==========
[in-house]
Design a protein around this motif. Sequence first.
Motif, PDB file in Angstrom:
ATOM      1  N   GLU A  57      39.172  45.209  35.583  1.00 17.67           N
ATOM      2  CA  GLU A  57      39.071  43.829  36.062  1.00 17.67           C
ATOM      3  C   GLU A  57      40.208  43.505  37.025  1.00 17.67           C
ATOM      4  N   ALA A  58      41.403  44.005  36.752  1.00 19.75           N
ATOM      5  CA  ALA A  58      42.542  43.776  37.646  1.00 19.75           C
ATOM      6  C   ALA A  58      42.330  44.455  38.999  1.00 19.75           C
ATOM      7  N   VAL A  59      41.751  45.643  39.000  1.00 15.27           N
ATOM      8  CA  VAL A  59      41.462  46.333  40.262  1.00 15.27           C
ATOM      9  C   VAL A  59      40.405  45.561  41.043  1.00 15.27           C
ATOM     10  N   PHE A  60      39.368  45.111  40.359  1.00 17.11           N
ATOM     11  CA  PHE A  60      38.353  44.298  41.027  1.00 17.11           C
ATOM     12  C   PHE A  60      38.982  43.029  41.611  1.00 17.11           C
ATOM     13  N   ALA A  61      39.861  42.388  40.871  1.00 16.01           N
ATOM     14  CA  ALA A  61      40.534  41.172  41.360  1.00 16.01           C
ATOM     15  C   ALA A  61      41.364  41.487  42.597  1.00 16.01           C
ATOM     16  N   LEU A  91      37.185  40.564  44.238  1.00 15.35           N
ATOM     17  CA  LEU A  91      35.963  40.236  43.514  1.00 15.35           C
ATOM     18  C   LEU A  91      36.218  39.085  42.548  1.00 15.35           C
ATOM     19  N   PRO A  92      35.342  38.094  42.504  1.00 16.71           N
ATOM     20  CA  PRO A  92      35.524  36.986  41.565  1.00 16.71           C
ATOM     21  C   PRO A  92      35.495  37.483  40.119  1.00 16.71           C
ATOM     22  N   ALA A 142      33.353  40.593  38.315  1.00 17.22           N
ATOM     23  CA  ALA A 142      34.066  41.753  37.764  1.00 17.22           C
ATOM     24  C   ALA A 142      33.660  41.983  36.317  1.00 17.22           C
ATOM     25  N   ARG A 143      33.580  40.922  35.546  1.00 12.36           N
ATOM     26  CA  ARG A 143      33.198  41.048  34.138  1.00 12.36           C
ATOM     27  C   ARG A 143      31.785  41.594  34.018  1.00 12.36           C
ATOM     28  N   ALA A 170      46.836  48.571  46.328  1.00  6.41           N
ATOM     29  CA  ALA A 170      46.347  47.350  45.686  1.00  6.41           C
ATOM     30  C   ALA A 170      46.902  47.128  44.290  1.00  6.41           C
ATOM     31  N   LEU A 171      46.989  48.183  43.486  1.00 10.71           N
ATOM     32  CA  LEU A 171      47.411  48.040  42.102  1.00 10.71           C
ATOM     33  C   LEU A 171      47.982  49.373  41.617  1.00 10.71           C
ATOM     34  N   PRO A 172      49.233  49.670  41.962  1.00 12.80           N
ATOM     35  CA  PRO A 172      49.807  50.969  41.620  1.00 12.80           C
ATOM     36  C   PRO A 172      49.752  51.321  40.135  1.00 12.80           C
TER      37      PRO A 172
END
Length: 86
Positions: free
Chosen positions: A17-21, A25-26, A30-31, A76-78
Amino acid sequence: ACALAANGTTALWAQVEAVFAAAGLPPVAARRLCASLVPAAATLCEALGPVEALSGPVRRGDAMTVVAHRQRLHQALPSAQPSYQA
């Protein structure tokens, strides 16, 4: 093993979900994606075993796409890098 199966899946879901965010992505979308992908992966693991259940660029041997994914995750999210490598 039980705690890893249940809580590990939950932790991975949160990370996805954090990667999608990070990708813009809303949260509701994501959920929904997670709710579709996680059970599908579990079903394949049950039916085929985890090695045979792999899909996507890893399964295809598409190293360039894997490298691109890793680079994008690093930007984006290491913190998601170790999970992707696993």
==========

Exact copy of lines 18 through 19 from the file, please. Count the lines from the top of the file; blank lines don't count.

ATOM     15  C   ALA A  61      41.364  41.487  42.597  1.00 16.01           C
ATOM     16  N   LEU A  91      37.185  40.564  44.238  1.00 15.35           N